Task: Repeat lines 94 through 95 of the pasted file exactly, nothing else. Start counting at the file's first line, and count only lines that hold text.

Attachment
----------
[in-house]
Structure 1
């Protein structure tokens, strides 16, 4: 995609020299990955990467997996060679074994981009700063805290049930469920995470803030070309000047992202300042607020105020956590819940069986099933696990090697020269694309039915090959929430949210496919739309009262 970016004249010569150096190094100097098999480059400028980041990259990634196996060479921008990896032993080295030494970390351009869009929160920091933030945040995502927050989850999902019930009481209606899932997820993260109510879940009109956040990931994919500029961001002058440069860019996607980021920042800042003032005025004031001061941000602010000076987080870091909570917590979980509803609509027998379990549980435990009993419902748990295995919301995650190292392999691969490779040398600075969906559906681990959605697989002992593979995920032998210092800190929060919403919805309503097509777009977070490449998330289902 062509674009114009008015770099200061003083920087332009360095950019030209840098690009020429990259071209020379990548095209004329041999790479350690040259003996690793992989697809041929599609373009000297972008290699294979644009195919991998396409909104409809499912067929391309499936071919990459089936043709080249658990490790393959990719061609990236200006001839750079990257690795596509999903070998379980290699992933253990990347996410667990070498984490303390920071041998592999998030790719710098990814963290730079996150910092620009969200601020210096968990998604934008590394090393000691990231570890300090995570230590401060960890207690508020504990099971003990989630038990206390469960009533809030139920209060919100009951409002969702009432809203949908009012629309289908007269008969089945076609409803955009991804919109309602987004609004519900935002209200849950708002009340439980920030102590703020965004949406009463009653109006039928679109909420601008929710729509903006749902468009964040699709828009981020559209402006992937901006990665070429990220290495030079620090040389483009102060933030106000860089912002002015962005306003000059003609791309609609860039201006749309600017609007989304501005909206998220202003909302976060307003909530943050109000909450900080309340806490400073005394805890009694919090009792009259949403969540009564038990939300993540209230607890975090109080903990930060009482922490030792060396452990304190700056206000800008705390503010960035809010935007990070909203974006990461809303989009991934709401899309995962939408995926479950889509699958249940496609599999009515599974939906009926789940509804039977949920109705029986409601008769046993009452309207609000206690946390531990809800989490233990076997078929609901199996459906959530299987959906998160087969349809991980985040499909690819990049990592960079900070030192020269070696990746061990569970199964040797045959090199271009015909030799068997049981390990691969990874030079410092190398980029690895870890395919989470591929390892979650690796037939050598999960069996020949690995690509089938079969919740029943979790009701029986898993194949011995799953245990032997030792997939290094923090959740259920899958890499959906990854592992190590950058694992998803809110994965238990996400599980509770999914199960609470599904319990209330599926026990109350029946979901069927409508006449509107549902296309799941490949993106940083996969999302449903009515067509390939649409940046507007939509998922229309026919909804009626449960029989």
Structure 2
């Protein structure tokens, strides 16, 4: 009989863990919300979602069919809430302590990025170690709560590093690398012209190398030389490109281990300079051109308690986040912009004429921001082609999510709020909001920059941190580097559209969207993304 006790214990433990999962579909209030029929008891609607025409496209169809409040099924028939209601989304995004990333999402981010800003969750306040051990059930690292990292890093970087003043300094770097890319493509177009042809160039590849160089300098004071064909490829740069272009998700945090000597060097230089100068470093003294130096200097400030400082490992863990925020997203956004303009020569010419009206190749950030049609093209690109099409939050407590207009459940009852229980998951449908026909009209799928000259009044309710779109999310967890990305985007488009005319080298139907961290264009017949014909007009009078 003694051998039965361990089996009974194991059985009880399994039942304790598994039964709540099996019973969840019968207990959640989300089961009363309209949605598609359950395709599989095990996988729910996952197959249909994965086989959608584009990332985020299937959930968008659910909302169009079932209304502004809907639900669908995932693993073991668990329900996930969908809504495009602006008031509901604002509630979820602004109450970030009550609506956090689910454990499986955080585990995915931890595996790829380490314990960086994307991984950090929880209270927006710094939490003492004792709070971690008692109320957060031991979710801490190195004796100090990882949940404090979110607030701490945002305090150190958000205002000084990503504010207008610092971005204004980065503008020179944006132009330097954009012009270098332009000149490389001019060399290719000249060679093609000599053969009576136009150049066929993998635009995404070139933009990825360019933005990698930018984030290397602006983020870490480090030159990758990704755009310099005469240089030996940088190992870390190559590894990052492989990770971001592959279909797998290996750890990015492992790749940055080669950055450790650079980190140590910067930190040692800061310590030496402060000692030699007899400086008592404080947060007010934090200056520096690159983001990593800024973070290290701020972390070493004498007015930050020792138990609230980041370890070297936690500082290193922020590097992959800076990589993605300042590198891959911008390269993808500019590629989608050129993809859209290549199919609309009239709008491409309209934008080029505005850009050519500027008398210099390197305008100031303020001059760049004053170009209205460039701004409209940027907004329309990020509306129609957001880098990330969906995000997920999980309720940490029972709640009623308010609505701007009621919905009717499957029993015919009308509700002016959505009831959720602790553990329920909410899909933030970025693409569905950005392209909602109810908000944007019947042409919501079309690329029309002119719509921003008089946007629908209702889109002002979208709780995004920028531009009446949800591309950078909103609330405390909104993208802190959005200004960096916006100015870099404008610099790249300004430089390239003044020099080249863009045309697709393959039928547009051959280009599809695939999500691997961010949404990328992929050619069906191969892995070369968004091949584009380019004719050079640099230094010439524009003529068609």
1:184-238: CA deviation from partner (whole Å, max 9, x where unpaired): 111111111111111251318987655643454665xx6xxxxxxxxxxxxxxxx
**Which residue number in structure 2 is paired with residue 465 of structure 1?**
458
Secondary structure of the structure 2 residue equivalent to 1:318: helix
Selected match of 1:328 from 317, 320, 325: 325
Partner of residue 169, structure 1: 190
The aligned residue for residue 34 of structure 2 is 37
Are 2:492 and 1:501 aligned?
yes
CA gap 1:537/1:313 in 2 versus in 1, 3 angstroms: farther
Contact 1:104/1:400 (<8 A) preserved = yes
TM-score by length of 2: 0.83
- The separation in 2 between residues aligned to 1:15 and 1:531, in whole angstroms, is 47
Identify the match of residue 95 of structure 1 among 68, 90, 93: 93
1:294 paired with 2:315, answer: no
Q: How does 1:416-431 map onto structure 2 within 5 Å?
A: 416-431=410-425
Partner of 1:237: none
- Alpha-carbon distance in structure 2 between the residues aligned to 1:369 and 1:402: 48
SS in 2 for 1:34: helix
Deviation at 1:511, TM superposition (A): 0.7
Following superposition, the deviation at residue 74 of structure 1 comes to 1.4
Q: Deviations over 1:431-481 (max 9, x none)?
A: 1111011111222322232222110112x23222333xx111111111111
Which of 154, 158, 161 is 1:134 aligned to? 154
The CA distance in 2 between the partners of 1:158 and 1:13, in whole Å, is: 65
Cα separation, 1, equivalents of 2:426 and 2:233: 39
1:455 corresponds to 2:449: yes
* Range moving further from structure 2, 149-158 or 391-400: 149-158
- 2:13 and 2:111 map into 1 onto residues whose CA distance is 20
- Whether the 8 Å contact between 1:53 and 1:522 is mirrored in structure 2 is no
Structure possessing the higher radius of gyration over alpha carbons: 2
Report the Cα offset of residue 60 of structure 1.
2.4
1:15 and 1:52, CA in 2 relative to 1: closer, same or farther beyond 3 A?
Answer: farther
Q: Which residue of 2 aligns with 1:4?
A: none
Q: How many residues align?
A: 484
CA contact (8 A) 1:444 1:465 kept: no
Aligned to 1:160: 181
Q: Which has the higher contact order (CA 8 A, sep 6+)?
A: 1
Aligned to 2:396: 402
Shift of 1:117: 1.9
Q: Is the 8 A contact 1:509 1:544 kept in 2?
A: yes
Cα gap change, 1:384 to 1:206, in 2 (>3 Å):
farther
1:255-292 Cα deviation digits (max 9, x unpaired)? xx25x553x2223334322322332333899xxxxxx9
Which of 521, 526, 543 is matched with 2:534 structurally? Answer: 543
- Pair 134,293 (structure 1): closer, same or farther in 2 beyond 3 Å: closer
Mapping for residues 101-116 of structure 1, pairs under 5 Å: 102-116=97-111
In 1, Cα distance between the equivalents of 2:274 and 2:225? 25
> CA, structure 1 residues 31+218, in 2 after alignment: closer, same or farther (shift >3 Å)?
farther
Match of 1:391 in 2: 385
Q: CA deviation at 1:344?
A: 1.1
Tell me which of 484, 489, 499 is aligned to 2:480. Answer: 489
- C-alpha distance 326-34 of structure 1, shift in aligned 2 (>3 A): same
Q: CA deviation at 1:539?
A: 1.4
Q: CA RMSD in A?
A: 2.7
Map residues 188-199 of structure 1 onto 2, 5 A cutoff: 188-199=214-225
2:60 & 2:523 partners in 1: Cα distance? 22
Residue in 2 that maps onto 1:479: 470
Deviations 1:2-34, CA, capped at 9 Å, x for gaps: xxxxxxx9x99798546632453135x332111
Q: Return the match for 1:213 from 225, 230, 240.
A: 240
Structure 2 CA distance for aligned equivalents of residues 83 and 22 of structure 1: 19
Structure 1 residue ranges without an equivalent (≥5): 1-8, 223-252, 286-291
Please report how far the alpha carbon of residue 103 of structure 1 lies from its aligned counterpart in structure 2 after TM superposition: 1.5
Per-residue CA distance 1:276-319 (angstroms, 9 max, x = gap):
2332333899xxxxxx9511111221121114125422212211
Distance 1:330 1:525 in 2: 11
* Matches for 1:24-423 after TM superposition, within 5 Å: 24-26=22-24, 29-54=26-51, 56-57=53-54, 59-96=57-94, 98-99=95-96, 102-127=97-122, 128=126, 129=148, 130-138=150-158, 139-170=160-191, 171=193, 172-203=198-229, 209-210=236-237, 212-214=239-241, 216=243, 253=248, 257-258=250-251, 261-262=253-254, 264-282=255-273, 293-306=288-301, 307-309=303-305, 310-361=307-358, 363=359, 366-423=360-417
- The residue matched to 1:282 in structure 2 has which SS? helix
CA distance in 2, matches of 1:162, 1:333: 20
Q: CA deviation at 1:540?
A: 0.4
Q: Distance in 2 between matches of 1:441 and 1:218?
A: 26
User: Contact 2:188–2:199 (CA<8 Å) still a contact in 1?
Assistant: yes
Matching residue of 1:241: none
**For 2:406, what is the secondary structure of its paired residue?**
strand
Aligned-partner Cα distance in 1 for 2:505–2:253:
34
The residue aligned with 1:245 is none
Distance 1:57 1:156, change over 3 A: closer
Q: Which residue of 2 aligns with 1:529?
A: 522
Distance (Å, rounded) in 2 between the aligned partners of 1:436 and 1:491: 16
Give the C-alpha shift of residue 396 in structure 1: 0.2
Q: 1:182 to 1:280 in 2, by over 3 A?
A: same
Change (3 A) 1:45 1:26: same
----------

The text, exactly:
**For 2:406, what is the secondary structure of its paired residue?**
strand